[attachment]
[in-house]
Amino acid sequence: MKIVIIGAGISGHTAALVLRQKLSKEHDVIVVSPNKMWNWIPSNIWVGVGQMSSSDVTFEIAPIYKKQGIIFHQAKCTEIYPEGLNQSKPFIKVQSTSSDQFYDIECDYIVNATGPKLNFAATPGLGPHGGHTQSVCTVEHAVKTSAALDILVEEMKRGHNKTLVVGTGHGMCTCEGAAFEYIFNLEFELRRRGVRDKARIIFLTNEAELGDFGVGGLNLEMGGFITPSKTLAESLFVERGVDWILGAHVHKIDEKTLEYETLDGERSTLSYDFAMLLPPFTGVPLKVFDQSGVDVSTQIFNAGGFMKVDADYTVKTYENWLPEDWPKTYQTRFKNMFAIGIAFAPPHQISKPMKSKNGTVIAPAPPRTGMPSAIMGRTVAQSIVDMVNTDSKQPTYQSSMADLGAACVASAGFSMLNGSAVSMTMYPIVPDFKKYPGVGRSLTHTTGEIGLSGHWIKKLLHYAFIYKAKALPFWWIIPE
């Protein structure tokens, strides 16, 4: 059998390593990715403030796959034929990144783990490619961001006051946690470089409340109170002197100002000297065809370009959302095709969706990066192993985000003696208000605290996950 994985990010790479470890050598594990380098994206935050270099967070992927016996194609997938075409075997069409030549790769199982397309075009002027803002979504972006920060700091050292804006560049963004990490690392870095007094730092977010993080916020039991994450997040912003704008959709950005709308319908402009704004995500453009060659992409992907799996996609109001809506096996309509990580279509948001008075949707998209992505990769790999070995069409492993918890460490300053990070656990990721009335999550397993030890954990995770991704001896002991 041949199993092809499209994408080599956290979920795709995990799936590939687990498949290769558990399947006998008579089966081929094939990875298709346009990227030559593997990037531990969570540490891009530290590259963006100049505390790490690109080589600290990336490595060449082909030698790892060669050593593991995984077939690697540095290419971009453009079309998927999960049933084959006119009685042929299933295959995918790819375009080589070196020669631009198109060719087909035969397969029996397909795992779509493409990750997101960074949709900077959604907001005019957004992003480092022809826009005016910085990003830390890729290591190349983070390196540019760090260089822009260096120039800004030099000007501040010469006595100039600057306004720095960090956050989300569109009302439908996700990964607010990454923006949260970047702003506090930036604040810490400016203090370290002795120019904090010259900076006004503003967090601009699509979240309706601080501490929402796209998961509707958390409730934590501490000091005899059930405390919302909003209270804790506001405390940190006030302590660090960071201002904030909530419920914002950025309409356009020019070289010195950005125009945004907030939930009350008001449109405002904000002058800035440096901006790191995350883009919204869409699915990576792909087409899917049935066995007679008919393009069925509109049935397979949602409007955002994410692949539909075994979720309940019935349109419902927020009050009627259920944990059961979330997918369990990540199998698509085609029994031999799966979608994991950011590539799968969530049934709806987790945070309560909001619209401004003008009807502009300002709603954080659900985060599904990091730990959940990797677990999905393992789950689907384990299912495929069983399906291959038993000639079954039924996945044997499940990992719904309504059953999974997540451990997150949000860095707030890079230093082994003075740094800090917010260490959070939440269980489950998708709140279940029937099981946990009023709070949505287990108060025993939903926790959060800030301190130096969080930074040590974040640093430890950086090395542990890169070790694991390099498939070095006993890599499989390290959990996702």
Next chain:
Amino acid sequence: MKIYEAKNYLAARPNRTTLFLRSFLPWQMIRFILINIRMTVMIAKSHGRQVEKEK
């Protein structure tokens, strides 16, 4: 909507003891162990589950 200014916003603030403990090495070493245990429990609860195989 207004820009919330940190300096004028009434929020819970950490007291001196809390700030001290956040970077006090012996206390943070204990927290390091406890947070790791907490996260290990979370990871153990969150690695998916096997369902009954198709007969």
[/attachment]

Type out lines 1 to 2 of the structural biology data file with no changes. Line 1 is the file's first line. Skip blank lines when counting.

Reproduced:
[in-house]
Amino acid sequence: MKIVIIGAGISGHTAALVLRQKLSKEHDVIVVSPNKMWNWIPSNIWVGVGQMSSSDVTFEIAPIYKKQGIIFHQAKCTEIYPEGLNQSKPFIKVQSTSSDQFYDIECDYIVNATGPKLNFAATPGLGPHGGHTQSVCTVEHAVKTSAALDILVEEMKRGHNKTLVVGTGHGMCTCEGAAFEYIFNLEFELRRRGVRDKARIIFLTNEAELGDFGVGGLNLEMGGFITPSKTLAESLFVERGVDWILGAHVHKIDEKTLEYETLDGERSTLSYDFAMLLPPFTGVPLKVFDQSGVDVSTQIFNAGGFMKVDADYTVKTYENWLPEDWPKTYQTRFKNMFAIGIAFAPPHQISKPMKSKNGTVIAPAPPRTGMPSAIMGRTVAQSIVDMVNTDSKQPTYQSSMADLGAACVASAGFSMLNGSAVSMTMYPIVPDFKKYPGVGRSLTHTTGEIGLSGHWIKKLLHYAFIYKAKALPFWWIIPE